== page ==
Through various research projects, I am pursuing two strands of interest:
1) Religion, mobility, and the urban
With their promise of socioeconomic mobility, cities are spaces where many people converge, by choice and circumstance, in pursuit of their aspirations. Consequently, they are increasingly diverse spaces, where cohabitation and encounters with ‘others’ are inevitable. Much research on cities and on diversity focuses on issues of race, ethnicity, nationality, and migration and legal status, but less so on religion.
My current research looks at multi-religious encounters and cohabitation in urban Kenya. In particular, I am interested in how people who identify with different religions (have come to) coexist in Nairobi and how their pursuit of social mobility may generate mixing and borrowing across religious lines that are otherwise taken to be incommensurate. This research is part of a larger collaborative and comparative project funded by the European Research Council (2019-2025) – Multi-religious encounters in urban settings (MEUS) – with Ammara Maqsood (University College London) and Giulia Liberatore (University of Edinburgh). MEUS adopts a different theoretical and empirical starting point to urban cohabitation. While most research on religious pluralism has been conducted within the framework of secular-liberal democratic states, it explores multi-religious encounters in three sites not typically seen as possessing secular-liberal civil societies; in addition to Kenya, the sites include Pakistan and Italy. MEUS aims to make a significant intervention by demonstrating the possibilities and potential of multi-religious encounters to overcome the monistic tendencies evident in the anthropology of religion, and by challenging the normativity of secular-liberal ideals of tolerance that dominate current academic perspectives on plurality and theorising alternative modes of coexistence.
My research on urban cohabitation and religious coexistence grows out of research I conducted in pluralist East London, which was supported by the ESRC Future Research Leaders scheme. Kenyan Pentecostals between home, London, and the Kingdom of God took as its empirical starting point Kenyans’ conversion to Pentecostalism after migration to the United Kingdom. In this research, I explored the linkages between migration and religion during a period of tightening immigration laws and increasing diversity in London. The project considered such questions as, in what ways do migration and religion stimulate and shape people’s imaginings about the future and the ways in which they go about trying to secure it? And, how does religion help migrants locate themselves within and navigate between different spatial and social scales?
2) Kinship and care
Relative distance: Kinship, migration, and change between Kenya and the United Kingdom (Cambridge University Press, forthcoming 2023) is a multi-sited ethnography of transnational kinship between Kenya and the United Kingdom. Rather than focusing on changing modes of economic production, ‘push-pull’ factors, and globalization as drivers of familial change and transformation, the kinds of structural explanations demographers, economists, family sociologists, and globalization theorists favour, the book focuses on the micro-spaces of transnational familial life, revealing how, through quotidian interactions, exchanges, and practices, those who move and those who stay contribute to the ongoing transformation of kinship. It traces how migrant and nonmigrant kin stayed engage in what I refer to as moral economies of transnational kinship. It argues that the distance migration opens up between kin is where they express, negotiate, and transform what being related entails. Highlighting the phenomenological dimensions of negotiating relatedness transnationally, the book shows that changes in kin relations cannot easily be attributed to the so-called inevitable nuclearization of families as a result of migrating to a western country. Instead, it demonstrates how kin navigate their respective circumstances, reconfiguring the meaning of relatedness as they do so, and at the same time how wider forces mediate the social reproduction of families. In asking who is responsible for whom, the book reveals how questions of care and responsibility are not only family matters, but are also central to relations between individuals, societies, and states.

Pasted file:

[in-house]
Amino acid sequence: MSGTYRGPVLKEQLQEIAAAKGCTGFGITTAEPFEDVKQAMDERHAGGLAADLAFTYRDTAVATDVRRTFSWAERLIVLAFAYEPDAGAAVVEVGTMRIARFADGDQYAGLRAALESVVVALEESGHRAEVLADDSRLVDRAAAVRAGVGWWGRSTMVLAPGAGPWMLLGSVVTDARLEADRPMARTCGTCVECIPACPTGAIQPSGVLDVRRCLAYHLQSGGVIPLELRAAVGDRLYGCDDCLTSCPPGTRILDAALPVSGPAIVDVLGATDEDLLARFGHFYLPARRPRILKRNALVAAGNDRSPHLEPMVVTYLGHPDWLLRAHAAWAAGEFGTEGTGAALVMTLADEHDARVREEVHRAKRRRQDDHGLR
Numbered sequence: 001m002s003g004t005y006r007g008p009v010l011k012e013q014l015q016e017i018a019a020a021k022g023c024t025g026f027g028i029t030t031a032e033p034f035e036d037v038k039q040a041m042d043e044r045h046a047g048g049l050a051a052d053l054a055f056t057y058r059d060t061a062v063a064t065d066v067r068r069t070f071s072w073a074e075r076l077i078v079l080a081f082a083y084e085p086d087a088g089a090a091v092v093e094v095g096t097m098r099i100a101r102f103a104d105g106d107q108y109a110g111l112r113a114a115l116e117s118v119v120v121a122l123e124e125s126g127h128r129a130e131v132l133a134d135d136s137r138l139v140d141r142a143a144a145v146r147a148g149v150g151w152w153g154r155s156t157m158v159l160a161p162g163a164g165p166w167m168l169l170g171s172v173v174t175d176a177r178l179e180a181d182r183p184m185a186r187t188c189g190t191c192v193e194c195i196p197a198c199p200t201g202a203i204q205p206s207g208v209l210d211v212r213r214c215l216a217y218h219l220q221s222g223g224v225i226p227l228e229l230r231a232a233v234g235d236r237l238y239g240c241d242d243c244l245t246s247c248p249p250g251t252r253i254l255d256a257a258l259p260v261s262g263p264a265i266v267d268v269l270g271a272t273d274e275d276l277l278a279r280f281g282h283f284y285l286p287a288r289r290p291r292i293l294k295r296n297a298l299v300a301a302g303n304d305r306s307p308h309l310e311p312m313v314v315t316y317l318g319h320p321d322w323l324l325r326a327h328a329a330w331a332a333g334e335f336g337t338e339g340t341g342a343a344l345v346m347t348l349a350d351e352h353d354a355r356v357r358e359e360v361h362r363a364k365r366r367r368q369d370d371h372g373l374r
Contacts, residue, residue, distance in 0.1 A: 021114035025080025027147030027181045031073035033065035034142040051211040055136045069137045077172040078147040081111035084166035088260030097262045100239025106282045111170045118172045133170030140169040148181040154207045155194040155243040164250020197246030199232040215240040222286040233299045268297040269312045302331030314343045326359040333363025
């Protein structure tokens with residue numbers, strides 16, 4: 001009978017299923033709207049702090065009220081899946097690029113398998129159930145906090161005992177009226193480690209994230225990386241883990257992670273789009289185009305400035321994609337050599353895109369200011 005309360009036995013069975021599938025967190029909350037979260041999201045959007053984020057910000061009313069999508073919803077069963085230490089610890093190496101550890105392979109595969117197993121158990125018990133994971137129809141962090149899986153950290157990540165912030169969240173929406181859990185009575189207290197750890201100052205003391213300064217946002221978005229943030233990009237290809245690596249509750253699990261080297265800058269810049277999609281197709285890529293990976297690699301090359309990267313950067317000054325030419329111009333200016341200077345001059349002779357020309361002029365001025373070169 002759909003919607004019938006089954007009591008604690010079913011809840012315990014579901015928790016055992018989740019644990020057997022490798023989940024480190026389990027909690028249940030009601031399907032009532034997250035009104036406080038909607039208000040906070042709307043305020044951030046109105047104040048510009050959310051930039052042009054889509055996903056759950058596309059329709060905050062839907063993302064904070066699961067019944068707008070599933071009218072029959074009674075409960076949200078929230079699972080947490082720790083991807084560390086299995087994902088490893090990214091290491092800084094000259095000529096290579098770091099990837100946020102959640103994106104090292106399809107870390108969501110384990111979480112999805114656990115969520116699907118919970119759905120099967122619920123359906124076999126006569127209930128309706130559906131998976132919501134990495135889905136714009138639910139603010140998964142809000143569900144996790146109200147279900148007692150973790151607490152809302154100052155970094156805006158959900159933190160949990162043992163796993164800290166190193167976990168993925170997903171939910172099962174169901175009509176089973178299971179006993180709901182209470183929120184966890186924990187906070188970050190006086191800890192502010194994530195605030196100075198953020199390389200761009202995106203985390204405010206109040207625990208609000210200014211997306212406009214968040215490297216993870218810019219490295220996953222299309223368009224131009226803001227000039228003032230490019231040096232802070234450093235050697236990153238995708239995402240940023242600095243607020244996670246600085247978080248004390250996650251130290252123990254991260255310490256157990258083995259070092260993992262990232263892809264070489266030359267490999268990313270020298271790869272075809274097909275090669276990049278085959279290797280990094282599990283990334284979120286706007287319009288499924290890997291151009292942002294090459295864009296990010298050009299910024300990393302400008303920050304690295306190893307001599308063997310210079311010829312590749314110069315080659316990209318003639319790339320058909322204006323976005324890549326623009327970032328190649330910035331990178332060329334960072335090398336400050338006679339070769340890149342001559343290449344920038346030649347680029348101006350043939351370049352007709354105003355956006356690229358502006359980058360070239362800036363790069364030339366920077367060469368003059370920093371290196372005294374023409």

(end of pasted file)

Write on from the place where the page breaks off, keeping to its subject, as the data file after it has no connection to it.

Building on this research, I am interested in issues of ageing and practices of care between Africa and Europe against the backdrop of global ageing, neoliberal restructuring, and the entanglement of care regimes through migration.